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scribblings about earning trust & influence on the social web


  • Sep 25 / 2014
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How Steve Jobs responded back to Michael Dell

Steve Jobs vs. Michael Dell
Another video has recently emerged that should make your weekend.

Back in 1997, Michael Dell of Dell Computers was asked what he would if he was given a chance to run Apple. His (albiet, bit arrogant) response was that he’d shut it down and give the money back to shareholders.

Now let’s see how Job responds to this statement.

Jobs says he thought that was “rude.” And then, he says, “We’re coming after you buddy.” And they did. (Rumour has it, Michael has been seen walking around with a Macbook Air in a private meeting).

  • Aug 19 / 2014
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Live your life before it becomes lifeless

  • Aug 18 / 2014
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Books, Strategy

Have we learned how to think?

How We Think? John Dewey - Free eBook

How we think?

One of the most critical elements of success (and quite honestly inner peace) in anyone’s life is ability to think — decipher the signal from the noise.

Long before others, John Dewey penned the definitive treatise on the subject — a subject all the more relevant today, in our age of snap judgments and instant opinions. All thanks to abundance in digital and social media.

In his masterwork How We Think, Dewey examines what separates thinking, a basic human faculty we take for granted, from thinking well, what it takes to train ourselves into mastering the art of thinking, and how we can channel our natural curiosity in a productive way when confronted with an overflow of information.

How We Think : Download it for your Kindle/epub here. It’s free.


  • Aug 11 / 2014
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Bell Canada

Let’s talk about mental health

Mental Illness Stat.

“Cause you’re only given a little spark of madness, and if you lose that, you’re nothing.” – Robin Williams

In my previous life at Bell Canada, I came pretty involved with Bell’s Let’s Talk campaign which was focused upon removing the negative stigma associated with mental illness. As I learned more about the disease, I became more sensitive to the issue and the realization that it impacts the vast majority of us. Yet, no one ever talks about it.

At this very moment, some 3 million Canadians are suffering from depression.

Two-thirds of homeless people using urban shelters suffer from some form of mental illness.
Canadian Alliance on Mental Illness and Mental Health

Every day, 500,000 Canadians miss work due to a form of mental illness.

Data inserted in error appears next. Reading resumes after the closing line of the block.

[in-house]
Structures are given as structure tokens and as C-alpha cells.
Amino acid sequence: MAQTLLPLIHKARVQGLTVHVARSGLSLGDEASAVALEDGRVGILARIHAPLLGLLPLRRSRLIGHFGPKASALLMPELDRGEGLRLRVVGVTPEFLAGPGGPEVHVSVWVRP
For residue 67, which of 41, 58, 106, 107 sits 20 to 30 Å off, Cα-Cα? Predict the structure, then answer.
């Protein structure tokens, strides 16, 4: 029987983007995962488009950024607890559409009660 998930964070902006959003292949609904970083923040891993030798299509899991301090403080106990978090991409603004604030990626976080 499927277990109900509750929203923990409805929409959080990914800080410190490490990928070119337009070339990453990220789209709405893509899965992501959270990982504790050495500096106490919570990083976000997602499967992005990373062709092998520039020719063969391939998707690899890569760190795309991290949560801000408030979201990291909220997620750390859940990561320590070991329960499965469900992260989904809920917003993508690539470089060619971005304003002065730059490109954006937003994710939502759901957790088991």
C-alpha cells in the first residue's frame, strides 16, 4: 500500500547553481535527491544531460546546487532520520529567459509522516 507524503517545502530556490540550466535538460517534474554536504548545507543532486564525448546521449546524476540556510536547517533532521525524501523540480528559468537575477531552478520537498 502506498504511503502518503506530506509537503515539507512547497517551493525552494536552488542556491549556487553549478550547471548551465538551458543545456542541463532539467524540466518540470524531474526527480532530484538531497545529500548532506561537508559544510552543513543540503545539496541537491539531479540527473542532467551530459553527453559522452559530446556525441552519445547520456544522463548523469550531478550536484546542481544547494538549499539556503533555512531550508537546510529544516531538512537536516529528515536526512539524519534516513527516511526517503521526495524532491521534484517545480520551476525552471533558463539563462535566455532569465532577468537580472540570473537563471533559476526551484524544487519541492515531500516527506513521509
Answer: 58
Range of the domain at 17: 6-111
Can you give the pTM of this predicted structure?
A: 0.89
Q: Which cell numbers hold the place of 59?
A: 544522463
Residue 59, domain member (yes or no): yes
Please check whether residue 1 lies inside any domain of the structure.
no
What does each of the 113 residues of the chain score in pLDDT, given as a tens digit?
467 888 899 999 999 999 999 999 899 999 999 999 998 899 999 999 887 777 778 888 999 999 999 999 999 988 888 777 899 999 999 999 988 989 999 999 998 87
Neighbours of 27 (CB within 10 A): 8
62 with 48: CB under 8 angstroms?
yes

Mental Health Commission of Canada

Suicide accounts for 24% of all deaths among 15-24 year-olds and 16% among 25-44 year-olds.

With the news of Robin Williams passing, it just reminded me again that we should never stop talking about this disease, because it is one and there’s nothing wrong with talking about it. The more we talk, the more we interact with each other on this topic, the more chances we have to help 1 in 5 of us who will face some form of depression in our lives. It’s the silent majority that is hurting the most.

So do me a favor. Ask your fellow colleague, friend, family member how they are doing tonight? If you have suffered from some form of depression, please do share your story in the comments. We would love to listen and care.


And here’s Umair Haque’s contribution in such a simple manner.

  • Jul 17 / 2014
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Management, social media, Strategy, Technology News, web 2.0

The 20 second rule

20-secondsIn last week’s CXO-Talk, we had Robert Scoble aka, Scobilizer discuss the upcoming future landscape of tech. From wearable computing,, smarter context to smart beacons to startups. What really stuck out for me was the 20 second rule he uses to assess a company’s ability to disrupt and be successful at market transformation.

Getting noticed is an art. If you want people to support you in your game changing approach, product and/or service it needs to be understood in 20 seconds or less. If it takes 15 mins to explain the concept, then one will have a harder time getting the traction needed with the masses to make it a success. This goes for both consumer and business markets.

Robert shared his story of when Google (in the 90’s competing with over 17 search engines) explained their ‘art’ in 20 seconds by asking him to just do a simple search. Within few seconds, he realized the value as the results were filtered, clean and didn’t have the clutter typically seen from others like Altavista. This led to an hour long conversation about Google’s PageRank algorithm and differentiation.

“You have to have something so much better than all other players, and I have to be able to get it in 20 seconds. Because people are so resistant to change, if you can demonstrate your value in 20 seconds you have a shot,” said Scoble.

I’ve used a similar technique to assess vendor pitches, agency pitches and my own speaking engagements. If you truly understand your topic, you can always simplify it for the masses.  Heck, this trick worked wonderfully over a decade ago to win me my first date with my then girlfriend, (now wife and mother of my 2 kids).